For Christmas in 2010, my wife, Alexandra, gave me a book written by a man called Jimmy Cornell entitled World Cruising Routes. She wrote inside: ‘Here’s to our dream.’ She challenged me to fulfil the ambition I had shared with my late father to sail across an ocean and said she wanted to come too. We were both 29, and had been married for one year.
A year later, we woke up on Christmas Day at anchor in a palm-fringed bay in St Lucia. We had quit our jobs, bought a boat, put our London lives on hold and set sail for the Canary Islands to join the Atlantic Rally for Cruisers to the Caribbean. On December 13, 2011, after 23 days and two hours at sea, we sailed our Hallberg-Rassy 42 Halo over the finish line in Rodney Bay, St Lucia. It was tremendously dramatic, with Halo leaning under full sail, close-hauled in 20 knots of wind, doing 6.5 knots. We were welcomed by the friends we’d made in Gran Canaria who had arrived before us cheering over the VHF radio and from dinghies racing along beside us in blazing sunshine.
We had sailed 3,000 miles, harnessing the warm trade winds that blow steadily from Africa to the Caribbean. We had weathered tropical squalls and baking calms, getting by on broken sleep due to sail changes in the night as we traded four-hour watches. But the sail itself was the culmination of months of planning and preparation. We had become unlikely experts in teak decking, hull anodes, anti-fouling, stern glands, SSB radio, linear drives, water makers, calorifiers, diesel engines and much more.
The sweet reward was five glorious months in the Caribbean, exploring the West Indies from the Grenadines in the south to the US Virgin Islands in the north. It’s a fantastically varied chain, offering the raw, authentic Caribbean experience in the Grenadines, St Lucia and St Kitts & Nevis, the Continental Europe feel of Martinique, Guadeloupe and Saint- Martin, and the super-yacht glamour of Antigua, St Barts and the Virgin Islands. We enjoyed visits from friends and family and were able to offer them the forward berth as free accommodation to entice them out to share in our newfound lifestyle.
Every week, we put into a marina to provision, fill the water tanks, use the WiFi to attend to admin at home and perhaps eat out as a break from the boat. Then, we would disappear for the rest of the week to islands of our choosing, dropping anchor for free in secluded bays to swim with turtles and rays and to dine in the cockpit under the stars. We took the dinghy ashore for picnics and walks, and on empty beaches, we read the books we’d been wanting to read. Our path frequently crossed with boats we’d met on the circuit, leading to rum-fuelled beach-bar nights where we’d share tips on where to go next. We met several couples who’d made this lifestyle permanent, funding their cruising by offering professional charters. They would work for one week and then play for three. The beauty of this was not lost on us, but we missed our friends and our home. As hurricane season approached, we felt ready to bid farewell to paradise and prepared to return to the UK.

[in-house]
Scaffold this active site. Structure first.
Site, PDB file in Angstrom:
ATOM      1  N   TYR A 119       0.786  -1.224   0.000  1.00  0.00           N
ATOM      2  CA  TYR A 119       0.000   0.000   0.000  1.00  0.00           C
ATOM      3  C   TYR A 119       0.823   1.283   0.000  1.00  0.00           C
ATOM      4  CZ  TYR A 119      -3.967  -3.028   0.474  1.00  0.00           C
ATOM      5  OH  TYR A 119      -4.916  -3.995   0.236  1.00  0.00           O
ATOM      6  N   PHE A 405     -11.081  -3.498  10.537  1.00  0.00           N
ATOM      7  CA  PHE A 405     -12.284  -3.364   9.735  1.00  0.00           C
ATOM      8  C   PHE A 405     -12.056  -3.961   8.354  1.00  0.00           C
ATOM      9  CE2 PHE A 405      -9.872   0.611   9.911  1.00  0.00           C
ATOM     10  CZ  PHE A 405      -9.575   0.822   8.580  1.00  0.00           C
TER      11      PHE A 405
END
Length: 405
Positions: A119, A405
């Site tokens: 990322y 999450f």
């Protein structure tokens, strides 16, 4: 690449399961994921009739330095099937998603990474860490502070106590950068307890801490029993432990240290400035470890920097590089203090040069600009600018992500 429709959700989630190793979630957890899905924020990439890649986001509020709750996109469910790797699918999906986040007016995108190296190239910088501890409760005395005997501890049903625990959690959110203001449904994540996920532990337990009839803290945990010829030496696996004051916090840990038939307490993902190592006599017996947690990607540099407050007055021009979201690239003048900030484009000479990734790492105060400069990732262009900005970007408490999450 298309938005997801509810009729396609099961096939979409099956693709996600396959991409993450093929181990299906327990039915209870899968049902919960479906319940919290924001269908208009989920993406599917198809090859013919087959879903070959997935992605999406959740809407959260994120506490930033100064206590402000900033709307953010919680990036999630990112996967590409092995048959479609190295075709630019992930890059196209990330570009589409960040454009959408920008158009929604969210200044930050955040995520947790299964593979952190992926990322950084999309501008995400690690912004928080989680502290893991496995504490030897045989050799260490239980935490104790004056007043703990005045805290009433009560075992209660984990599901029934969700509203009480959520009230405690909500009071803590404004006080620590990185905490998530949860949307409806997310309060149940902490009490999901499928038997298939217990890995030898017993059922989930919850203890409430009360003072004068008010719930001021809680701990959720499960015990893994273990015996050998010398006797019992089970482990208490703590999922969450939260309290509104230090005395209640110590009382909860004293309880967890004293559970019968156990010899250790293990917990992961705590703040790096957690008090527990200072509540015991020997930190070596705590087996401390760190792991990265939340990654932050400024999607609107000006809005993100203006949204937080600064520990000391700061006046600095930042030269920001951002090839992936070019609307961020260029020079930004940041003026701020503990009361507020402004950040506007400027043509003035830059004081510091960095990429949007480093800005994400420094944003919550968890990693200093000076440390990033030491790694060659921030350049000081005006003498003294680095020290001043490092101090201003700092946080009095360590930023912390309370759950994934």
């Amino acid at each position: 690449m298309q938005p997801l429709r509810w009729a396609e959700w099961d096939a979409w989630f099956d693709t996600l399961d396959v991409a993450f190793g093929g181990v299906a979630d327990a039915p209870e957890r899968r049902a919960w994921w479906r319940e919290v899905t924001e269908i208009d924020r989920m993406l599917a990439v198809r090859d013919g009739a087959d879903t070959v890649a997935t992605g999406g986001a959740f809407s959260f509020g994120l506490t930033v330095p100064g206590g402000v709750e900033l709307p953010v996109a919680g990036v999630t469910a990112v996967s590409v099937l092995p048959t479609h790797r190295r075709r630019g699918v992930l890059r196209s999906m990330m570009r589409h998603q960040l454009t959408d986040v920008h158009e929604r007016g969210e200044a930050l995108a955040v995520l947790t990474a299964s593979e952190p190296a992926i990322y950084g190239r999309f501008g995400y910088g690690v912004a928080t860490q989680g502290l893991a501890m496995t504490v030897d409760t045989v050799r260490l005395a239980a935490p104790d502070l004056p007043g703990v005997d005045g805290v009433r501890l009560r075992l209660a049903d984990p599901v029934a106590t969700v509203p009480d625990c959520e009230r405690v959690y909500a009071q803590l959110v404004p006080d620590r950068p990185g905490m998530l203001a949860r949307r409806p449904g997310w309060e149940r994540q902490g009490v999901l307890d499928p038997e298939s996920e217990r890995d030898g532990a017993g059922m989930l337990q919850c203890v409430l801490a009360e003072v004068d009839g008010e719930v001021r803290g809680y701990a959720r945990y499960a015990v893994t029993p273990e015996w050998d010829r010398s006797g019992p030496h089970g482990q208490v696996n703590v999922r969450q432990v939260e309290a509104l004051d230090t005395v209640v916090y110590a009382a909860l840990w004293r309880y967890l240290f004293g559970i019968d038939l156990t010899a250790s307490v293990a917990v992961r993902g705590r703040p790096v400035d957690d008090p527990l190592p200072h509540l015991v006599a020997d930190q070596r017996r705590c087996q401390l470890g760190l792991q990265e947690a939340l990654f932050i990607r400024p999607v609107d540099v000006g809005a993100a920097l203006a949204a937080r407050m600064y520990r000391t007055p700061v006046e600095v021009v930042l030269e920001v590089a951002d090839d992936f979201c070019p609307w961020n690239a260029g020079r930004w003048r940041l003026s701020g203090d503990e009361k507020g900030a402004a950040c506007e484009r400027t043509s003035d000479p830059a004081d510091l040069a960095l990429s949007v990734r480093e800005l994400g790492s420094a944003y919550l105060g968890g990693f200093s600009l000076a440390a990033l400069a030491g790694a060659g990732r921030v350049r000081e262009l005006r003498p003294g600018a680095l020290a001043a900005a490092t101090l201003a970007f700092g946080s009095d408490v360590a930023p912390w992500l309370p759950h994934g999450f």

Only about a fifth of boats that sail the Atlantic westbound attempt the eastbound home, most opting for their boat to be professionally skippered back or to put it on a cargo ship bound for Southampton. The eastbound leg involves flirting with the relentless depressions that peel off North America and track across to the UK, with the changeable winds, fog and gales deterring most people. Shorts and T-shirts are also packed away within days of heading north from the Caribbean. Over six weeks, we sailed from the British Virgin Isles to Bermuda, onto the Azores and then home to Falmouth.
The trip threw everything at us- winds at Force 10, lightning overhead, calms-but some memorable sailing, too. That rich variety is the essence of our memories from an incredible year, including the highs and lows we experienced from eating up the miles under spinnaker and the sea becoming alive with dolphins at sunset off Portugal to the equipment failures and sleepless nights on passage. Sailing west, crossing an ocean for the first time, I felt as if I found closure on the past-I lost both my parents to cancer when I was young. In the Caribbean, we were fortunate enough to be able to remind ourselves what it is to truly live in the present. And sailing east, and home, we have sailed into our future.
The trip raised money for Marie Curie Cancer Care
The Atlantic Rally for Cruisers takes place each November (www.worldcruising.com/arc)
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